The litigation between Nike and John Geiger concerning the designer’s lookalike Air Force 1 sneaker has escalated. After a California judge refused to dismiss the trademark infringement, false designation of origin, and unfair competition claims that Nike set against Geiger, the designer’s attorneys have filed a counter claim against Nike’s lawsuit.
According to a court document filed on February 22, as first seen by Complex, Geiger’s attorneys seek to “invalidate and cancel” what they argue are unenforceable trademarks. The designer and his team have maintained throughout the lawsuit that his GF-01 sneaker has little resemblance to Nike’s Air Force 1 sneaker, pointing out the shoe’s original sole, new materials, and separate logos.
Recognition vs. replica — Geiger’s counter claim now responds to each statement made in Nike’s initial complaint, which also added the designer to an existing lawsuit against La La Land Production & Design Inc, a supplier for both Geiger and previous Nike defendant Warren Lotas. According to Geiger, La La Land Production “merely created a GF-01 prototype based on the design Geiger provided” and is not involved in the manufacturing — leaving the designer to take full accountability for his sneakers.
Much of Geiger’s defense follows up on his earlier argument: The trade dress of the Air Force 1, including the exterior stitching, paneling, eyelets, and ridge-patterned outsole, is not the same as his GF-01. His counter claim cites recent modifications of the Air Force 1, including Travis Scott’s 2019 Cactus Jack collaboration and a Serena Williams-inspired iteration, as examples of Nike deviating from its own trade dress — making the brand’s trade dress protections too vague, according to Geiger’s team.
Getting down to detail, the designer’s counter claim offers a side-by-side breakdown of the Air Force 1 and GF-01 sneakers. The slope of the toe box, height of the midsole, curvature of the heel, and the pattern of the outsole all differ between the shoes, the breakdown shows — and, most notably, Geiger’s shoe lacks a Nike Swoosh. According to the comparison, the designer’s GF-01 is made of higher quality materials, too: “Moreover, the GF-01 is constructed with premium leather and, on certain models, fuzzy chenille ‘G’ branding that is more luxurious than the materials Nike uses on the Air Force 1,” the counter claim reads (rather pettily).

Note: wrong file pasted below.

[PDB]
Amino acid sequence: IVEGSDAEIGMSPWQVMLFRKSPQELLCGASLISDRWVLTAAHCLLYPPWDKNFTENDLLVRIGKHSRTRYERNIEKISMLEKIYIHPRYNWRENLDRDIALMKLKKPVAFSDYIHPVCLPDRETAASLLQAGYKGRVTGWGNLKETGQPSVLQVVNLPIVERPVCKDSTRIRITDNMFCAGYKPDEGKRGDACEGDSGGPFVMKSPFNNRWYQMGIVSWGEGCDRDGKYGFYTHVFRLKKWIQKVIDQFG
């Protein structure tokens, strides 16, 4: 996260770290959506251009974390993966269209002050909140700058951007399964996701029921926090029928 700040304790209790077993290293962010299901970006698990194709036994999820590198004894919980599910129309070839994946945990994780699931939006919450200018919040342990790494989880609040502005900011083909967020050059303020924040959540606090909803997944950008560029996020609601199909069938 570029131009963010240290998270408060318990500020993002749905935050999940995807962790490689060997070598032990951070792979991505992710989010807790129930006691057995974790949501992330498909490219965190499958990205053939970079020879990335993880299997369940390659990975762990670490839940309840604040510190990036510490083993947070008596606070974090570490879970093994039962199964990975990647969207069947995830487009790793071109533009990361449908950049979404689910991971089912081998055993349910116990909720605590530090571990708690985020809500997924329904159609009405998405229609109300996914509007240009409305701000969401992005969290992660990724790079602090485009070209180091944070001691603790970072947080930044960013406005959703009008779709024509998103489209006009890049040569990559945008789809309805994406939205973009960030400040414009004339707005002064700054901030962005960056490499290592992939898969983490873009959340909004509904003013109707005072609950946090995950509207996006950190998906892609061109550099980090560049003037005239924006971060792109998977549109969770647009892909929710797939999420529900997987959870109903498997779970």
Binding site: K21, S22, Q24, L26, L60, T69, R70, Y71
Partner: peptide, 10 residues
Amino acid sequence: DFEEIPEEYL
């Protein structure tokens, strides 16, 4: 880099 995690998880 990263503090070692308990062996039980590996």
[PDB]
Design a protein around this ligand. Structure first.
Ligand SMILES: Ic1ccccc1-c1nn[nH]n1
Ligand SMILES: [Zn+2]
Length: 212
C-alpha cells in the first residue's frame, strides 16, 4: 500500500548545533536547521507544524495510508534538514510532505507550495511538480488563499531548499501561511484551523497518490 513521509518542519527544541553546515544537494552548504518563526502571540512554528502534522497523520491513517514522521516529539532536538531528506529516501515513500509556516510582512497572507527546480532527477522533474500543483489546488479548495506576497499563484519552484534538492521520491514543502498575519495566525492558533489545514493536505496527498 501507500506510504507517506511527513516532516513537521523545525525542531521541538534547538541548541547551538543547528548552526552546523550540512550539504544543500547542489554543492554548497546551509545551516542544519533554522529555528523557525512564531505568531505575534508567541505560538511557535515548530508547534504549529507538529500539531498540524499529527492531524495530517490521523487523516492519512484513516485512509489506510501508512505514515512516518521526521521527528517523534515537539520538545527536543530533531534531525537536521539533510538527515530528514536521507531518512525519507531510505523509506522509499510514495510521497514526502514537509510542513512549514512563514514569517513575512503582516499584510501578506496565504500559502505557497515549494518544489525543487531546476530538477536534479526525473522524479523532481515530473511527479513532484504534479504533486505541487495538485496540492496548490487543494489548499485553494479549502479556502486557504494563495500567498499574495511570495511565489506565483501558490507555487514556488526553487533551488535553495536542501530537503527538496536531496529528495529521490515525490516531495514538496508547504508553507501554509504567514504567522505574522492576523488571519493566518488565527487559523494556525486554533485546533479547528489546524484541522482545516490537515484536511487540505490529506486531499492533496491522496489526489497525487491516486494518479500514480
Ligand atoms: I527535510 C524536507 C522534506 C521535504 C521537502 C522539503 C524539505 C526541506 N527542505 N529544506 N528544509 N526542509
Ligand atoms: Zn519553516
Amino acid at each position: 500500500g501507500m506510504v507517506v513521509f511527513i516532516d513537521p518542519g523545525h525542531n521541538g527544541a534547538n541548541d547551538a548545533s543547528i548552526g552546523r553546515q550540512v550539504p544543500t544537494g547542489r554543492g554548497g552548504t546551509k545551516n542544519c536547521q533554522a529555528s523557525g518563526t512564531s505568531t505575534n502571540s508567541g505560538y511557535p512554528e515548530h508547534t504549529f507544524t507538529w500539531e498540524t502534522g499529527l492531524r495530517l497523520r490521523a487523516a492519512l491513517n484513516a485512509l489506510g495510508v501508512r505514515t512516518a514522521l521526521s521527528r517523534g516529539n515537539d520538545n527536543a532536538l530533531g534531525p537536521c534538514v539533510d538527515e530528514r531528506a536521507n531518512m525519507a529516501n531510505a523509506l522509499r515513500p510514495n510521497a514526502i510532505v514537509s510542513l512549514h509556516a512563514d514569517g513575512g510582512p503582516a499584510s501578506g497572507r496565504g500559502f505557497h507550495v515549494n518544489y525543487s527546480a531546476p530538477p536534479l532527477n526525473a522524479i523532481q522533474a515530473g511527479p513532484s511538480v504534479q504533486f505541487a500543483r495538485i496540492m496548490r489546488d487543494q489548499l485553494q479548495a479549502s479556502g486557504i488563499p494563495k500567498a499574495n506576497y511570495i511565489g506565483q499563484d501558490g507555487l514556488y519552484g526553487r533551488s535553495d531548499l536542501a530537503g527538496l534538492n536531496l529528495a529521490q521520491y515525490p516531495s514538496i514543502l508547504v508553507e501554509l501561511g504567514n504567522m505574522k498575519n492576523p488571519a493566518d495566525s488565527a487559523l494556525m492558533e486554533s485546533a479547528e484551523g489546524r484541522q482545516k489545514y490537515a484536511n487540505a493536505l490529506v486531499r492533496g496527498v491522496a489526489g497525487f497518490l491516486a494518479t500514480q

“Unreasonable” confusion — These design differences, along with the GF-01’s higher price point and stockist exclusivity, make it unreasonable for customers to confuse the GF-01 and AF1, Geiger argues. For good measure, the designer has also made mention of other Air Force 1-style designs — including BAPE’s Bapesta sneaker — which Nike has not taken legal action against.
As part of the counter claim, Geiger asks that Nike’s Air Force 1 trade dress registration be ruled invalid and unenforceable by law, an argument that other designers may use against the Swoosh in its fight against customizers. Geiger also seeks restitution for the case, which began last August, alongside reimbursement for attorney’s fees.
“Our shoes speak for themselves… Sneakerheads are sophisticated consumers who know [Geiger’s design] and will never be confused between the two,” reads a statement from the Geiger brand to Complex. “Nike is Nike and JG is JG.”
Update: This story has been updated to reflect the fact John Geiger filed a counterclaim, not countersuit, against Nike.